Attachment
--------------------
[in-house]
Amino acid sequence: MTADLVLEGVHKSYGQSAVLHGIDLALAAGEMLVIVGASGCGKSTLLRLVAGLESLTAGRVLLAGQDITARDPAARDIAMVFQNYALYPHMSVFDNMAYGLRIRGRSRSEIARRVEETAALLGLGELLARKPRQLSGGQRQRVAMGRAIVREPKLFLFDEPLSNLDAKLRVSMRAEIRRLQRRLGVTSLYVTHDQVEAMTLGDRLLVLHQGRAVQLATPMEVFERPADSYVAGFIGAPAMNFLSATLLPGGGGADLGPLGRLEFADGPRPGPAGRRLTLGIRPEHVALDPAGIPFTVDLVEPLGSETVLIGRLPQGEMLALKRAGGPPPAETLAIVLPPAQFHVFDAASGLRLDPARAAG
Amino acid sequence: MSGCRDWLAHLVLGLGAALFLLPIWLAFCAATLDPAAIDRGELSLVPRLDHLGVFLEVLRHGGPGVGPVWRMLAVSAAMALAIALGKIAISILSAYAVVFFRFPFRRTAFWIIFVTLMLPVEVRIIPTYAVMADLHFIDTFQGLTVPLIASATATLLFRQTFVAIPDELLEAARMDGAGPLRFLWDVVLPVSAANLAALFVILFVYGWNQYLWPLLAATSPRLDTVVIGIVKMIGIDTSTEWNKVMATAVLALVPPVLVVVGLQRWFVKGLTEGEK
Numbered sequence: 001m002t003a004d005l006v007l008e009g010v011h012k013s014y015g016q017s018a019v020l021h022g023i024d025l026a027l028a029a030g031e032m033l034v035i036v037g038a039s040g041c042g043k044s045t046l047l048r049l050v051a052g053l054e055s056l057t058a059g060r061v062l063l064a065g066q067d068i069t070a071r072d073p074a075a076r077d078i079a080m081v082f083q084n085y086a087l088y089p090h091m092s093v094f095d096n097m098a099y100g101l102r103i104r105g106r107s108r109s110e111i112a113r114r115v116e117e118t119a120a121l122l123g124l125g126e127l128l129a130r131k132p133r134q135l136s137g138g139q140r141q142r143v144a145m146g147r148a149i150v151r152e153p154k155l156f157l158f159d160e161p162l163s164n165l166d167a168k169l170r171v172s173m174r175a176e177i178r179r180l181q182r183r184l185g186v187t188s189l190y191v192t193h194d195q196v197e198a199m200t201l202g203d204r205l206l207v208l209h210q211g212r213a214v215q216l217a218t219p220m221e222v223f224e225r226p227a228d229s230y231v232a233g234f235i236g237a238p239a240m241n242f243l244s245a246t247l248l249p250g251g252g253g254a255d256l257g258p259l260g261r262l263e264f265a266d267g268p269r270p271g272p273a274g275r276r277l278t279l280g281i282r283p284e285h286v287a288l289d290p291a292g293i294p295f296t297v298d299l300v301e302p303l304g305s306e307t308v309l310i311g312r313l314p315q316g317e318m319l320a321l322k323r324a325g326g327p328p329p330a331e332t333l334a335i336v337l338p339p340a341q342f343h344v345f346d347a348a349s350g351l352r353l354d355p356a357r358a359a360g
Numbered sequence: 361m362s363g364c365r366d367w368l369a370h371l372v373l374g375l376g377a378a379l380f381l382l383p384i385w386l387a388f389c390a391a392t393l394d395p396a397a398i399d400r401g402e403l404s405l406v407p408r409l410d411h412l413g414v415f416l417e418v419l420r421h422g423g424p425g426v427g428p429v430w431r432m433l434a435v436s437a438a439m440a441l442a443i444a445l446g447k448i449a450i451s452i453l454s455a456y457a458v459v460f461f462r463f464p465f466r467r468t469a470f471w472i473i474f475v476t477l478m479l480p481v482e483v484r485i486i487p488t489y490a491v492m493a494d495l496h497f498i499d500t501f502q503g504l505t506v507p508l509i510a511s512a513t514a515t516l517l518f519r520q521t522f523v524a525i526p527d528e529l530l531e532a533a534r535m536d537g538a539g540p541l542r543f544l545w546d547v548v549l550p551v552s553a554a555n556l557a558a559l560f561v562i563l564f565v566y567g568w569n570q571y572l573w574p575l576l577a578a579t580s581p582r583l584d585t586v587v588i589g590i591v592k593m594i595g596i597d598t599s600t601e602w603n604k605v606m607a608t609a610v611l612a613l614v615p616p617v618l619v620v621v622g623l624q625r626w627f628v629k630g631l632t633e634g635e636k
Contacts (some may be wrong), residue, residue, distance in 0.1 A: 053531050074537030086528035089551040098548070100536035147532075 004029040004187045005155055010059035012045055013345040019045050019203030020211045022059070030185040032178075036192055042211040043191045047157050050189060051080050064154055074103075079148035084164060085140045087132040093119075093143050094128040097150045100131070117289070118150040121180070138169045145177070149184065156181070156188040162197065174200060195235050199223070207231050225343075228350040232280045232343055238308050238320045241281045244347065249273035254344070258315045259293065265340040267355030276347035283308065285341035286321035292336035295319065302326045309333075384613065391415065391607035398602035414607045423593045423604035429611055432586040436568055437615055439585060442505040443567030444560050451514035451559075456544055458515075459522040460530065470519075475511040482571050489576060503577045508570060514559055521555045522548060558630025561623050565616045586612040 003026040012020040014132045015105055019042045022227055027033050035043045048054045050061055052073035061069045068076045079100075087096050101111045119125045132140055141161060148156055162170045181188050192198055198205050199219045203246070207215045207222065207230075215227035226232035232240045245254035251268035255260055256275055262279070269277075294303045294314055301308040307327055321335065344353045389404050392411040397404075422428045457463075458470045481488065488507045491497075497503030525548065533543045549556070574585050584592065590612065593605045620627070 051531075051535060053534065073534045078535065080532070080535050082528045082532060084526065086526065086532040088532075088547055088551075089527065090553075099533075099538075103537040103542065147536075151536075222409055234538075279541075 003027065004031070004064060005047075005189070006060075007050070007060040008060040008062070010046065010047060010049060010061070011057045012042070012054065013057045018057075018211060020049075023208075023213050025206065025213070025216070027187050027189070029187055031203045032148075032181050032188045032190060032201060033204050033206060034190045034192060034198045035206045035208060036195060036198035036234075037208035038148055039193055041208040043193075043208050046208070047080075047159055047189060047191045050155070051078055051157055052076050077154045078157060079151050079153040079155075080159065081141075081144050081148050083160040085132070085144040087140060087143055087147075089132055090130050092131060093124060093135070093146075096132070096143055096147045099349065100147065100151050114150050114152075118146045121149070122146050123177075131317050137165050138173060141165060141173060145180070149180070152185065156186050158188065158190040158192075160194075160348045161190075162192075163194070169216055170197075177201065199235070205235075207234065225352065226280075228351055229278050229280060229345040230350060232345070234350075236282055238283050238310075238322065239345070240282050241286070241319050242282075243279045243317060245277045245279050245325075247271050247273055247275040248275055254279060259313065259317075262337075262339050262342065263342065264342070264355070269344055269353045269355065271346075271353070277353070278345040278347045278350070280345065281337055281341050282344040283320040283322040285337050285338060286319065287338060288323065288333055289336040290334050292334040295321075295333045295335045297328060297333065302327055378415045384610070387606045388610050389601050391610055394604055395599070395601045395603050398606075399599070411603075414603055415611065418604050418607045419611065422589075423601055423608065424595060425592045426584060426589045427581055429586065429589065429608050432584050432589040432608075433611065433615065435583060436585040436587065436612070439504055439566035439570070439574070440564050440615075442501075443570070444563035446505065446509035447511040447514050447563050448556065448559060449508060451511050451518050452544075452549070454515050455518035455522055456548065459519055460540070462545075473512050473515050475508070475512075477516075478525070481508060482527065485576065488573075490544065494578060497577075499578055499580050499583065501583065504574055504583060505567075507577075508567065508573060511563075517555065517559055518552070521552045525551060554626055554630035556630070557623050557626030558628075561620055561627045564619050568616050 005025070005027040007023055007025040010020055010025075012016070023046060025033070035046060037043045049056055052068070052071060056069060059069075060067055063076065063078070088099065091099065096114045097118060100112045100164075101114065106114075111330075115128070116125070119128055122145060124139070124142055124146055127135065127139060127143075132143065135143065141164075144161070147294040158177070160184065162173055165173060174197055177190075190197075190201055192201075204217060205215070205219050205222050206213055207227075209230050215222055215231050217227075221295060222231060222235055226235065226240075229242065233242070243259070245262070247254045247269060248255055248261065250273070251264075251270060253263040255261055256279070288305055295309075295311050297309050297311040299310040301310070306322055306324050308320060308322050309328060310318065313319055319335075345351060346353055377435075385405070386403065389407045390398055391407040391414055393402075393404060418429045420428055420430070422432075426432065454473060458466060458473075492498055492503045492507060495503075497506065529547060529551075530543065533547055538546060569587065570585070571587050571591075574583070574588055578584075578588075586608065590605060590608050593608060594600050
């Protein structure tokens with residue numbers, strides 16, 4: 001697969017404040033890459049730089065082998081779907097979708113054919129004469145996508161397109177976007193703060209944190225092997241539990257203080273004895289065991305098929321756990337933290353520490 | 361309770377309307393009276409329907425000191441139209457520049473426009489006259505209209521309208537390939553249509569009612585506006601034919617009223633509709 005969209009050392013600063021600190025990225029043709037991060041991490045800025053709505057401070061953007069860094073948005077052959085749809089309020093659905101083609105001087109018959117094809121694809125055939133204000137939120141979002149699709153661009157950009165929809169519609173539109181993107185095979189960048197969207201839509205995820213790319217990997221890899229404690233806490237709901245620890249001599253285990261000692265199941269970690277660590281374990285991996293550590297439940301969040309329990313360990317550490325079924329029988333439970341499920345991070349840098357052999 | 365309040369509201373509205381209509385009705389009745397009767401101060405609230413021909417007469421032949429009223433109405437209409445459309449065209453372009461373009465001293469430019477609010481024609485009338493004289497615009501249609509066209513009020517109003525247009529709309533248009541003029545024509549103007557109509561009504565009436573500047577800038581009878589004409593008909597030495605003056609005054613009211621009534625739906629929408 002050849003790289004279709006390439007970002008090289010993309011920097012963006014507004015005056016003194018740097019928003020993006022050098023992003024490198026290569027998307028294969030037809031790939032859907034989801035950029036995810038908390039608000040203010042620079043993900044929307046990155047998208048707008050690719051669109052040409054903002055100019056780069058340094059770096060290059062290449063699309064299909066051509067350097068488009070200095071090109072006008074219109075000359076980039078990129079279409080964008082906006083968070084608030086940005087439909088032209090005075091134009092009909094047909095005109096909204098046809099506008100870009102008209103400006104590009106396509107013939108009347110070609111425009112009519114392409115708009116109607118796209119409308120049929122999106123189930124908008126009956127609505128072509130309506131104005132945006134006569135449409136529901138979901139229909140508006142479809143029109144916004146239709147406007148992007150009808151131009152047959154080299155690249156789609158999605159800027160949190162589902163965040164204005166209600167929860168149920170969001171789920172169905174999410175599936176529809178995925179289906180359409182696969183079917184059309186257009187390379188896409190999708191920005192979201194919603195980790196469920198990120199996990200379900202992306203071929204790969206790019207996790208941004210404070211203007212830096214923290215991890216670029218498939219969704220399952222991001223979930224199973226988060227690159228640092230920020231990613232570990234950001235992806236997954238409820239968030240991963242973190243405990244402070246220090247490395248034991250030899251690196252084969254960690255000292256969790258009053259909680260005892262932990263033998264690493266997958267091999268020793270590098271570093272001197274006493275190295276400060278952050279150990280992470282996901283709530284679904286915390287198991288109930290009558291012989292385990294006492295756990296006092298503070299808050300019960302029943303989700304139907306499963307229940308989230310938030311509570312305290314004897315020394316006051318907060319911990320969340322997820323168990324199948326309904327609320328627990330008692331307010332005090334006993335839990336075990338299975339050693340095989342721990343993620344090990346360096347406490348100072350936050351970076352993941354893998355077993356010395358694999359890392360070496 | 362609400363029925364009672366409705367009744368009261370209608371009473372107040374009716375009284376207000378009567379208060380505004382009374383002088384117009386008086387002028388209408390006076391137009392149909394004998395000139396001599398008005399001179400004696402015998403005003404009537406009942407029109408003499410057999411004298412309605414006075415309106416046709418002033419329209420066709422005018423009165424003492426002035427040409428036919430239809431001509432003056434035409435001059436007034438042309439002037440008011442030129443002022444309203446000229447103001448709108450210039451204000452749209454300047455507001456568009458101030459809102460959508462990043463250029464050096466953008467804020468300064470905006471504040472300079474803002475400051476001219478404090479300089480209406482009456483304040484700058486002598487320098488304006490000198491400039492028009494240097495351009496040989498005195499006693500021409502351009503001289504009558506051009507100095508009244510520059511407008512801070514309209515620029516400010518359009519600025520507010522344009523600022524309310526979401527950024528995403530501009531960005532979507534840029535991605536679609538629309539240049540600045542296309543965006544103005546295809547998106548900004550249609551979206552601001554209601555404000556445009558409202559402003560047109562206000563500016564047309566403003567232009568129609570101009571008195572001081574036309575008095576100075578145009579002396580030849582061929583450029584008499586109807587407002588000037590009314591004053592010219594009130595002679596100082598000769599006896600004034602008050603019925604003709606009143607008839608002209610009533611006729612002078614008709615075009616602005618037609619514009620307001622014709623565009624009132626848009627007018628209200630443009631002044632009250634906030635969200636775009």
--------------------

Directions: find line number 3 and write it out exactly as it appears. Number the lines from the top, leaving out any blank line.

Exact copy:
Amino acid sequence: MSGCRDWLAHLVLGLGAALFLLPIWLAFCAATLDPAAIDRGELSLVPRLDHLGVFLEVLRHGGPGVGPVWRMLAVSAAMALAIALGKIAISILSAYAVVFFRFPFRRTAFWIIFVTLMLPVEVRIIPTYAVMADLHFIDTFQGLTVPLIASATATLLFRQTFVAIPDELLEAARMDGAGPLRFLWDVVLPVSAANLAALFVILFVYGWNQYLWPLLAATSPRLDTVVIGIVKMIGIDTSTEWNKVMATAVLALVPPVLVVVGLQRWFVKGLTEGEK